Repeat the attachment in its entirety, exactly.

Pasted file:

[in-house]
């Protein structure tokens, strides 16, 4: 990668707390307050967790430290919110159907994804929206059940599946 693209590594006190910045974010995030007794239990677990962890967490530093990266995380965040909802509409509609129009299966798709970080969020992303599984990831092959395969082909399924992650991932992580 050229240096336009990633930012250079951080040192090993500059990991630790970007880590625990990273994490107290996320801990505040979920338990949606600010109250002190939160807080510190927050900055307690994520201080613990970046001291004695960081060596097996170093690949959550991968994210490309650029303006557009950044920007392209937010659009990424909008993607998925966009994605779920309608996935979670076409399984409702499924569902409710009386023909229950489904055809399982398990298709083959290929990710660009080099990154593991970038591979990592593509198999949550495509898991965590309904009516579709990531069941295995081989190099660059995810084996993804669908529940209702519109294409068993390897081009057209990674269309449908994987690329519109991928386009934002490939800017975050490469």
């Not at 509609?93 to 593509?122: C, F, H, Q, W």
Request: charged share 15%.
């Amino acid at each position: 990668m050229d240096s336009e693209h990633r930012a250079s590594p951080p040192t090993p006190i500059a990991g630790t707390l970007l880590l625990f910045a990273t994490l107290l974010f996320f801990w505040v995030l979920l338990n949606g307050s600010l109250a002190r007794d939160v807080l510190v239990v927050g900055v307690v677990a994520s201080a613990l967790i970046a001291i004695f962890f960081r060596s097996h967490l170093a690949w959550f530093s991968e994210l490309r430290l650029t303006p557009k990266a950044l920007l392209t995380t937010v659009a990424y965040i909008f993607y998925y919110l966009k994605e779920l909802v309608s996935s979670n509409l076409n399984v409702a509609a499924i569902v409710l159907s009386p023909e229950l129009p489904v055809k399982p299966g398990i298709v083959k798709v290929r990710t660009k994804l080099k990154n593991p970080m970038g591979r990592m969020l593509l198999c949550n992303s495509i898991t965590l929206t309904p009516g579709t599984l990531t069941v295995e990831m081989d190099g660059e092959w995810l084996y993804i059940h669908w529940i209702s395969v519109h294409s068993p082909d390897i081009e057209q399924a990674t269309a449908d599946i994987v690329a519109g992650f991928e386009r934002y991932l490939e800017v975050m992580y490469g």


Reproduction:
[in-house]
């Protein structure tokens, strides 16, 4: 990668707390307050967790430290919110159907994804929206059940599946 693209590594006190910045974010995030007794239990677990962890967490530093990266995380965040909802509409509609129009299966798709970080969020992303599984990831092959395969082909399924992650991932992580 050229240096336009990633930012250079951080040192090993500059990991630790970007880590625990990273994490107290996320801990505040979920338990949606600010109250002190939160807080510190927050900055307690994520201080613990970046001291004695960081060596097996170093690949959550991968994210490309650029303006557009950044920007392209937010659009990424909008993607998925966009994605779920309608996935979670076409399984409702499924569902409710009386023909229950489904055809399982398990298709083959290929990710660009080099990154593991970038591979990592593509198999949550495509898991965590309904009516579709990531069941295995081989190099660059995810084996993804669908529940209702519109294409068993390897081009057209990674269309449908994987690329519109991928386009934002490939800017975050490469």
């Not at 509609?93 to 593509?122: C, F, H, Q, W």
Request: charged share 15%.
């Amino acid at each position: 990668m050229d240096s336009e693209h990633r930012a250079s590594p951080p040192t090993p006190i500059a990991g630790t707390l970007l880590l625990f910045a990273t994490l107290l974010f996320f801990w505040v995030l979920l338990n949606g307050s600010l109250a002190r007794d939160v807080l510190v239990v927050g900055v307690v677990a994520s201080a613990l967790i970046a001291i004695f962890f960081r060596s097996h967490l170093a690949w959550f530093s991968e994210l490309r430290l650029t303006p557009k990266a950044l920007l392209t995380t937010v659009a990424y965040i909008f993607y998925y919110l966009k994605e779920l909802v309608s996935s979670n509409l076409n399984v409702a509609a499924i569902v409710l159907s009386p023909e229950l129009p489904v055809k399982p299966g398990i298709v083959k798709v290929r990710t660009k994804l080099k990154n593991p970080m970038g591979r990592m969020l593509l198999c949550n992303s495509i898991t965590l929206t309904p009516g579709t599984l990531t069941v295995e990831m081989d190099g660059e092959w995810l084996y993804i059940h669908w529940i209702s395969v519109h294409s068993p082909d390897i081009e057209q399924a990674t269309a449908d599946i994987v690329a519109g992650f991928e386009r934002y991932l490939e800017v975050m992580y490469g």